While the profile of the Cohiba Silencio in the second third left a bit to be desired, the flavors roar back during the final third, including a brand new dominant flavor combination of sweet hay and popcorn, followed by notes of dark chocolate, leather, cedar, peanuts, cinnamon and oats, although none come close to being strong enough to challenge the main flavors. Thankfully, the caramel sweetness is back as well, but the spice from the first two third is long gone and the black pepper on the retrohale is fading fast. Construction-wise, the Cohiba Silencio still features a wonderful draw and a burn line that does not need attention, and although the strength has increased a bit, it barely fails to hit the medium mark by the time I put the nub down with about an inch to go.

Final Notes

  • Sean Williams is perhaps best known for founding the El Primer Mundo brand and joined General Cigar Co. as the Cohiba brand ambassador in May 2017.
  • I have always contended that Sean Williams is one of the most genuine, nicest people in the cigar industry. Every time I have talked to him, he has time to talk for a short time and has given me—and the people I am with—his undivided attention.

  • While I find the logo on the band of the Silencio to be a bit disconcerting—it instantly reminded me strongly of HAL 9000 in the movie 2001: A Space Odyssey—there is no doubt it stands out on the shelf, and I do love the fact that William’s signature is printed on the back of the band.
  • Speaking of the band, the one on this cigar was one of the easiest to take off that I have experienced in quite a while, which I found a bit surprising since I never left like it was loose or problematic when I was smoking the cigars.
  • I found the finish to be extremely dry, especially in the final third.
  • General Cigar Co. is a sponsor of halfwheel.
  • The cigars smoked for this review were sent to halfwheel.
  • Final smoking time for all three samples averaged one hour and 49 minutes.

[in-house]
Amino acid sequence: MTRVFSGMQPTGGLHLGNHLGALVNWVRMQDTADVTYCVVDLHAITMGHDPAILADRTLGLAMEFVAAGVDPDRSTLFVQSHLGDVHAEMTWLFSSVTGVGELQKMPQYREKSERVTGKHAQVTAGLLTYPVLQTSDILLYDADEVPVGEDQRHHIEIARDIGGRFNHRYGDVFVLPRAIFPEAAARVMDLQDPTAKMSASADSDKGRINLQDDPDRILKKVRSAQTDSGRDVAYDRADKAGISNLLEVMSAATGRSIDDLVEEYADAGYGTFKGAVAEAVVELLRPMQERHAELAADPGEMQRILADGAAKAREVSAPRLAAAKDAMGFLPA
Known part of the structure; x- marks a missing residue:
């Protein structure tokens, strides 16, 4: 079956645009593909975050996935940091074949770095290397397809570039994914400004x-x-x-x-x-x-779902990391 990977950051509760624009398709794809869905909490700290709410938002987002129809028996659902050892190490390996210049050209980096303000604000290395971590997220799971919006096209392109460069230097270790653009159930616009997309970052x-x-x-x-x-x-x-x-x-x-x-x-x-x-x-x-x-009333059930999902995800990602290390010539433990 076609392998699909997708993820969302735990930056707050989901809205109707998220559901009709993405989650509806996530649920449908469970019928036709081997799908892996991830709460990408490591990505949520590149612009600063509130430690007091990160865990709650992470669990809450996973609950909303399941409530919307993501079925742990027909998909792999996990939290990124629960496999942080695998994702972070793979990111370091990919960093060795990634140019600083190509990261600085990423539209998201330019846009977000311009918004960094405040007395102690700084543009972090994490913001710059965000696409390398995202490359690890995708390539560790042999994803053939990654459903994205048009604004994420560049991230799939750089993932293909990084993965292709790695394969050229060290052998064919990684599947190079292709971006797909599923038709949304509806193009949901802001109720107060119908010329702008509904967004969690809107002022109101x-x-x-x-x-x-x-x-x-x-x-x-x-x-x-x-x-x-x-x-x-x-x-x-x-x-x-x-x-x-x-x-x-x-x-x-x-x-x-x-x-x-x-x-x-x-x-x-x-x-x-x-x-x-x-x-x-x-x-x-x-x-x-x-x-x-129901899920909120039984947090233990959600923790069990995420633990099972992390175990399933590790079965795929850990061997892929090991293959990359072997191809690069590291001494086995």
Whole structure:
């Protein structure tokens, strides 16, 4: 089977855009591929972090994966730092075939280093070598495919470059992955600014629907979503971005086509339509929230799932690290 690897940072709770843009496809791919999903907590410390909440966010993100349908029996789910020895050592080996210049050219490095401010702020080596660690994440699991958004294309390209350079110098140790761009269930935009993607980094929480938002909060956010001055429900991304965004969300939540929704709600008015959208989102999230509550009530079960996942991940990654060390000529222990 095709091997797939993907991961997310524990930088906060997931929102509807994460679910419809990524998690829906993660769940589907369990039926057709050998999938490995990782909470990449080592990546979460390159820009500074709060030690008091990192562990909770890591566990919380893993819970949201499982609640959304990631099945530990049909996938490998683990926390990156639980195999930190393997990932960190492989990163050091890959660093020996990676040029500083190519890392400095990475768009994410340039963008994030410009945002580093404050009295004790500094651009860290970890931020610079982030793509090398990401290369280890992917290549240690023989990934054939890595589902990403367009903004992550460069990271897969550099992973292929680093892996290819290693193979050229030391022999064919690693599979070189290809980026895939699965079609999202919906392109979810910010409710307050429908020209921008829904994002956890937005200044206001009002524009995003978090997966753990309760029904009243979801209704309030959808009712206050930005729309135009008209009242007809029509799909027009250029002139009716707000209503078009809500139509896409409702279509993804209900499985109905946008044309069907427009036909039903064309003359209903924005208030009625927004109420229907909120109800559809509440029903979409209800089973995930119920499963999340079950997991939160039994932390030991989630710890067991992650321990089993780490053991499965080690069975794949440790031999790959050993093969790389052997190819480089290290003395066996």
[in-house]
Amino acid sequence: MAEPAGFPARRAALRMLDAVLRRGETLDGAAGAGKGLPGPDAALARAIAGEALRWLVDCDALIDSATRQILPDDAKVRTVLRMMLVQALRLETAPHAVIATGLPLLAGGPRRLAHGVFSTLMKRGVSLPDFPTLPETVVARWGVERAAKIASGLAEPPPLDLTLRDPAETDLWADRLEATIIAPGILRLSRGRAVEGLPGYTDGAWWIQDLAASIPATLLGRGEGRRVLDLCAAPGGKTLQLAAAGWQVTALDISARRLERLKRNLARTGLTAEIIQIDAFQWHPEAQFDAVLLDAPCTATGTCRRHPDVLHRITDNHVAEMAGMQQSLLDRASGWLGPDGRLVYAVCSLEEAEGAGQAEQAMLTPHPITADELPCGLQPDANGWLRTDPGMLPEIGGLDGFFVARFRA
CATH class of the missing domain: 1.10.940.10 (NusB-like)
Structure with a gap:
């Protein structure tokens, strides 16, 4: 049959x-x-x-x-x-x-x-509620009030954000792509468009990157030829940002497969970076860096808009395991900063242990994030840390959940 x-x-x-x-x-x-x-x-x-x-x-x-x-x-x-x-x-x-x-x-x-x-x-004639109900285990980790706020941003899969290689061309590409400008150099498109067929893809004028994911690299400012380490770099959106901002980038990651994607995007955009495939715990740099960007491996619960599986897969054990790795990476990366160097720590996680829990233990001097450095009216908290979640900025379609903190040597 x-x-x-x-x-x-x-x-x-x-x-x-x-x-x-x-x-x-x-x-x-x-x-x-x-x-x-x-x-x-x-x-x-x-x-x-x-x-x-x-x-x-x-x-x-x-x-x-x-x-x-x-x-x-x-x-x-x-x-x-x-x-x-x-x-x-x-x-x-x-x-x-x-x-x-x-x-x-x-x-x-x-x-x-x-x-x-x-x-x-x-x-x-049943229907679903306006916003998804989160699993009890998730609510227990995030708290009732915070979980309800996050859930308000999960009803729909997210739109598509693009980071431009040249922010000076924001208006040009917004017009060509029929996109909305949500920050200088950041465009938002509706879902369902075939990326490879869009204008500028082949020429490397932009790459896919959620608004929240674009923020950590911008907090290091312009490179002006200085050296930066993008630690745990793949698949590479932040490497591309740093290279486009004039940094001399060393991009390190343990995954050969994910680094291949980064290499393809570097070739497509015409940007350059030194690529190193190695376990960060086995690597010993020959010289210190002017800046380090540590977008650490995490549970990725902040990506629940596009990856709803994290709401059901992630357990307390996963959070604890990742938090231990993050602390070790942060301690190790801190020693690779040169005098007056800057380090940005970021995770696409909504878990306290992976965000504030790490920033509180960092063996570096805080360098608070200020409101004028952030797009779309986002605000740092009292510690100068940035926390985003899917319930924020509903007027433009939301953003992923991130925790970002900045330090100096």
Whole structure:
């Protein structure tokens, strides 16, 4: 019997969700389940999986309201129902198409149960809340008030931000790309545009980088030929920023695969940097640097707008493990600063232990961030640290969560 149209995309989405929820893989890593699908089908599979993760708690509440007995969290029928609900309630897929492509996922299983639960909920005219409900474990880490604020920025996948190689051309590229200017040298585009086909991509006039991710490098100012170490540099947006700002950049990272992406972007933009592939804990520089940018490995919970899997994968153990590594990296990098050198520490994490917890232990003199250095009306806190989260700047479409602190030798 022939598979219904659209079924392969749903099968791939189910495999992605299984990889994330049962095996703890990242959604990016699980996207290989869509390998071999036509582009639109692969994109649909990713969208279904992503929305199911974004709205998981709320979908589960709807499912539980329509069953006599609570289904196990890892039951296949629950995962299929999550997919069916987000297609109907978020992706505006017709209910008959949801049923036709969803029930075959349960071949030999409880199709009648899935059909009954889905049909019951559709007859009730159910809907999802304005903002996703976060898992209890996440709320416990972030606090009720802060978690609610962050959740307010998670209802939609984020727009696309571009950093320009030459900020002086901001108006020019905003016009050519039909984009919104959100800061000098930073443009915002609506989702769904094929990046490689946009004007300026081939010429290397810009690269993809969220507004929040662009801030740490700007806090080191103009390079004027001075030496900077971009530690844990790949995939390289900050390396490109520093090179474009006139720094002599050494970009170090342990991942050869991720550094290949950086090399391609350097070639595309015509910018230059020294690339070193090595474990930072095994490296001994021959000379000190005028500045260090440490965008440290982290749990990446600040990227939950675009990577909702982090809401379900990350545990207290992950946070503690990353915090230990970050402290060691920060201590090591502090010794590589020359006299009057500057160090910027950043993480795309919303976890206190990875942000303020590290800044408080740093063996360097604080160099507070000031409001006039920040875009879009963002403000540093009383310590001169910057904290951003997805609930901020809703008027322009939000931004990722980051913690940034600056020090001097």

88 Overall Score

I have long been a fan of Sean Willam’s work at El Primer Mundo, so I was excited to see what he came up with for the Cohiba Silencio; what I found was a cigar that performed extremely well in terms of both profile and balance for two thirds. Yes, the middle third gets a bit boring—and make no mistake, the final score was affected by it—but there are some great flavors waiting for you on the other side in the final 45 minutes of the cigar. Overall, I really enjoyed the Cohiba Silencio and can easily recommend trying it out for yourself, provided you can actually find it.

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Brooks Whittington
About the author

I have been smoking cigars for over eight years. A documentary wedding photographer by trade, I spent seven years as a photojournalist for the Dallas Morning News and the Fort Worth Star Telegram. I started the cigar blog SmokingStogie in 2008 after realizing that there was a need for a cigar blog with better photographs and more in-depth information about each release. SmokingStogie quickly became one of the more influential cigar blogs on the internet, known for reviewing preproduction, prerelease, rare, extremely hard-to-find and expensive cigars. I am a co-founder of halfwheel and now serve as an editor for halfwheel.